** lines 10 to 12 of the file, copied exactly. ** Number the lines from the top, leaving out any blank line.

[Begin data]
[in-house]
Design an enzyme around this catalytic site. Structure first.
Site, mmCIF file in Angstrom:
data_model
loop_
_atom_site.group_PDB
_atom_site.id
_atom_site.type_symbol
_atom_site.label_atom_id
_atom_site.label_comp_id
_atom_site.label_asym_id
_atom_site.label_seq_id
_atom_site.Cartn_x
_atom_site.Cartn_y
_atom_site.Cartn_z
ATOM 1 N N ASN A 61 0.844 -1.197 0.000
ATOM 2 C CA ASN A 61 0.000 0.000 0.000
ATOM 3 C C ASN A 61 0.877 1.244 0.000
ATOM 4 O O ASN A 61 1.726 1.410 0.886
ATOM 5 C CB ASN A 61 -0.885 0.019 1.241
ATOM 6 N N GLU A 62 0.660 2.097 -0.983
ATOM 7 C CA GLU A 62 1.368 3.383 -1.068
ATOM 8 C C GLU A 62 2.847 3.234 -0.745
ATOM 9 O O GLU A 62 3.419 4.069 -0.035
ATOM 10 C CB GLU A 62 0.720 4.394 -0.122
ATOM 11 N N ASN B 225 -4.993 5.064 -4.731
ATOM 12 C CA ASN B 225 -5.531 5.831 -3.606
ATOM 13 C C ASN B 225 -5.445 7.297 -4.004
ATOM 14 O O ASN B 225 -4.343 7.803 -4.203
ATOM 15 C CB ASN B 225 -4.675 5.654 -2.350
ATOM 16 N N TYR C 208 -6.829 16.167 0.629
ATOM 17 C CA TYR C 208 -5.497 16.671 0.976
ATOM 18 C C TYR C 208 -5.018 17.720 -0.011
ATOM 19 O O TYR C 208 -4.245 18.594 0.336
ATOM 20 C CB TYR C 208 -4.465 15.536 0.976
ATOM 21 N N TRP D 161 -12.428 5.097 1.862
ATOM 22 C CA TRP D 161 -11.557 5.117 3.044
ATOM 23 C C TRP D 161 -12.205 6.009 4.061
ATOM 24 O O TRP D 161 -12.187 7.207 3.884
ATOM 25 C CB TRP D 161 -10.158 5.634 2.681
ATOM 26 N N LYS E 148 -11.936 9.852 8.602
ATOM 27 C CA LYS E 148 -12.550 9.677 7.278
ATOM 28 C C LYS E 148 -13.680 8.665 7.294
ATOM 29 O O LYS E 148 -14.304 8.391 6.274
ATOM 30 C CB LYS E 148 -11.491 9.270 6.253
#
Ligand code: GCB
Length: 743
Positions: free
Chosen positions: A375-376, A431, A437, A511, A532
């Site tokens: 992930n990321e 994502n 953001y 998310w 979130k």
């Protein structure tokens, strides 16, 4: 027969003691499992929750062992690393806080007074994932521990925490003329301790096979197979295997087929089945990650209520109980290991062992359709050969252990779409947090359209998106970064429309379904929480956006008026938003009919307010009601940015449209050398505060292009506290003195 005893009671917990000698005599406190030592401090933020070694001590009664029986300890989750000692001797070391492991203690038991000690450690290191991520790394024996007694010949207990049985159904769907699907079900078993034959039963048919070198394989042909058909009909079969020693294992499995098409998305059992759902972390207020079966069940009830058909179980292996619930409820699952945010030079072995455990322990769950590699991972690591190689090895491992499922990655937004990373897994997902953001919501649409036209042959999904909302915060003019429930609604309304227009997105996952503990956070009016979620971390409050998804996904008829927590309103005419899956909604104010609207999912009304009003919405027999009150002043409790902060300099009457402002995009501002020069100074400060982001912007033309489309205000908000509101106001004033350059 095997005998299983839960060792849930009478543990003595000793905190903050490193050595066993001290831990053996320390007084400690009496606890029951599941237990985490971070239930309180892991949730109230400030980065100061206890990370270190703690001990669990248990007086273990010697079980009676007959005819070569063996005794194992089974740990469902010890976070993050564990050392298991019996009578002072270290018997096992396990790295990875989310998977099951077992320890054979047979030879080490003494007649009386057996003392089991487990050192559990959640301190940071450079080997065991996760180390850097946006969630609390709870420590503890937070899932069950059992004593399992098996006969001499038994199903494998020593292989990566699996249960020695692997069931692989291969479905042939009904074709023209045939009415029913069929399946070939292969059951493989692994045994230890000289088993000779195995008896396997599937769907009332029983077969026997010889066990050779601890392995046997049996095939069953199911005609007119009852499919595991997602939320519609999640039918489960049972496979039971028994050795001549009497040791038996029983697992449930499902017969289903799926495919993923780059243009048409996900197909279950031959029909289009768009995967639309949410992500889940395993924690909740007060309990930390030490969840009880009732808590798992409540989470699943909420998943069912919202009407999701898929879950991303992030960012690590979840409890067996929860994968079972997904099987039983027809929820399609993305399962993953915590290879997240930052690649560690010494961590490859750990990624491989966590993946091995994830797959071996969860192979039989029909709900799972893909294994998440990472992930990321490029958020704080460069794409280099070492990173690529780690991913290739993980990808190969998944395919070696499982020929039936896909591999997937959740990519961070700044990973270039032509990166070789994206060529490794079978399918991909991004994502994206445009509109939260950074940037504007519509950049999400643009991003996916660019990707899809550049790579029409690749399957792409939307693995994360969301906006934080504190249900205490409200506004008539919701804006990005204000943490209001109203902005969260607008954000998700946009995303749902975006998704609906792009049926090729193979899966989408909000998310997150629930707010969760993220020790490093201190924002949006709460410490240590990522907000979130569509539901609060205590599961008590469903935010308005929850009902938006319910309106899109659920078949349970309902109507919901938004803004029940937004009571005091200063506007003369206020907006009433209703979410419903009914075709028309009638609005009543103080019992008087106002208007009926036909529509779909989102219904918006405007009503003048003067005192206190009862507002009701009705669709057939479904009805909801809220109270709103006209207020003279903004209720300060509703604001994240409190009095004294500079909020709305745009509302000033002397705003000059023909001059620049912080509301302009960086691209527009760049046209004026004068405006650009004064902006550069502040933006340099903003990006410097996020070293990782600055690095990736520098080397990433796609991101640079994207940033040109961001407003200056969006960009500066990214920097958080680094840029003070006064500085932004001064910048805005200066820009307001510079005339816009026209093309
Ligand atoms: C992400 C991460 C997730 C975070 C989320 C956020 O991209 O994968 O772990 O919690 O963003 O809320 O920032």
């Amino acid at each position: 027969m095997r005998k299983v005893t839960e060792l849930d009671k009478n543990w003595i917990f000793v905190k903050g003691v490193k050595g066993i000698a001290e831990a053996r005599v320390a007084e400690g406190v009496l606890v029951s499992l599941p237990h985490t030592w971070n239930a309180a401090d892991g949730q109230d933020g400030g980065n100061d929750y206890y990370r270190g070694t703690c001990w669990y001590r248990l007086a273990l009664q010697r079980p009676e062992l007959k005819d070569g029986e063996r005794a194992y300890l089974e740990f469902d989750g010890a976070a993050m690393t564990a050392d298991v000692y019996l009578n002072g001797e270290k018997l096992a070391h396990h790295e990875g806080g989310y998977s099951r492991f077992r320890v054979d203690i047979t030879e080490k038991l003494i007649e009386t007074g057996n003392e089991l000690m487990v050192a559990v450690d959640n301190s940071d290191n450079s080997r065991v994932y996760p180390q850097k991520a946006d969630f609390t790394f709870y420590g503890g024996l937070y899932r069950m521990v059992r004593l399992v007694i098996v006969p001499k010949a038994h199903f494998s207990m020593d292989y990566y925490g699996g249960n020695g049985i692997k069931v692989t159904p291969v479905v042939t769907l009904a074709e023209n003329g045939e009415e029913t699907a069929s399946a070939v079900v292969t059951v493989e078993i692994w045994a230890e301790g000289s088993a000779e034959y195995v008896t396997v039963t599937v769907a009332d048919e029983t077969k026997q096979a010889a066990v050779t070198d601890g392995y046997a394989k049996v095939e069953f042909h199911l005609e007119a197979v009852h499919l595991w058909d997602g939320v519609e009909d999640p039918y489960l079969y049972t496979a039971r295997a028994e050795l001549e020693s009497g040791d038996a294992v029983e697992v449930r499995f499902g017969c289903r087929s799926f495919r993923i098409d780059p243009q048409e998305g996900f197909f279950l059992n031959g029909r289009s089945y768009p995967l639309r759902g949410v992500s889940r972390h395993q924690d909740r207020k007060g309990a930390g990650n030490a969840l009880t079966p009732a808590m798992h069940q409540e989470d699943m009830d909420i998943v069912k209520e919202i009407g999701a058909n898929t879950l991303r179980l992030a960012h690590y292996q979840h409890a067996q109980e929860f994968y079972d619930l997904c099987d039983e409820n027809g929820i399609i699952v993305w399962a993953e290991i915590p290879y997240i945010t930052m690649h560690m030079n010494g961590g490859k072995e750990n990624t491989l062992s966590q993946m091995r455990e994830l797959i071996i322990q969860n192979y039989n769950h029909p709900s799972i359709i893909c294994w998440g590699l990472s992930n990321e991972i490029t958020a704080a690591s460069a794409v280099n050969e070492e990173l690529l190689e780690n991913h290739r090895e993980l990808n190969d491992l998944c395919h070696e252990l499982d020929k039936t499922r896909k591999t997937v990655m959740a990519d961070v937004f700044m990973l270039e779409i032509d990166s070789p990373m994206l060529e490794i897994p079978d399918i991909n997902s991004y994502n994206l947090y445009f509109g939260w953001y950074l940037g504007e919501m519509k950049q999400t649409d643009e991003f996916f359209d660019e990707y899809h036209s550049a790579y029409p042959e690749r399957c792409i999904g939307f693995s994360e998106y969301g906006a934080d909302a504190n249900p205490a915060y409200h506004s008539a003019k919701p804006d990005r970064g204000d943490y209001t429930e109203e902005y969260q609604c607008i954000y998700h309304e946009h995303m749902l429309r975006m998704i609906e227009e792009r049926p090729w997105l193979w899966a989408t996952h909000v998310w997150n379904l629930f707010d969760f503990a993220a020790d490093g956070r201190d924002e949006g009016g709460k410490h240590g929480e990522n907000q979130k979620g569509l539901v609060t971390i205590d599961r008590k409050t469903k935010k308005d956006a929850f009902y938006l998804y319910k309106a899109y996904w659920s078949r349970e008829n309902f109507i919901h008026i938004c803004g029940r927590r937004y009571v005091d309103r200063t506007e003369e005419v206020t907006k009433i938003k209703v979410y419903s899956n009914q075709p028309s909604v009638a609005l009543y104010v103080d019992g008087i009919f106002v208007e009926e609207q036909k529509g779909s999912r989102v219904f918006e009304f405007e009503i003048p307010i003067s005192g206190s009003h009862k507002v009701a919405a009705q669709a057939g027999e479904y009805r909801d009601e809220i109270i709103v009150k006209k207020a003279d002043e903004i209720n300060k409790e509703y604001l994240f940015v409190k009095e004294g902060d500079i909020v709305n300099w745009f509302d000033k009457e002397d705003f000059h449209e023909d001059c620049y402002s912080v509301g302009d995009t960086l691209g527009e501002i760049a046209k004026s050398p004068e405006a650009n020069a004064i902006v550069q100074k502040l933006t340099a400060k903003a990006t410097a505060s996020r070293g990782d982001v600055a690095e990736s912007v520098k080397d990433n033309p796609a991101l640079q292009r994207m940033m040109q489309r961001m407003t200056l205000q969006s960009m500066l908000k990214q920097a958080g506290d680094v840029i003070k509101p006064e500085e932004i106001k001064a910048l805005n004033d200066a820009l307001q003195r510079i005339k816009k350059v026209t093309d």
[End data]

_atom_site.label_comp_id
_atom_site.label_asym_id
_atom_site.label_seq_id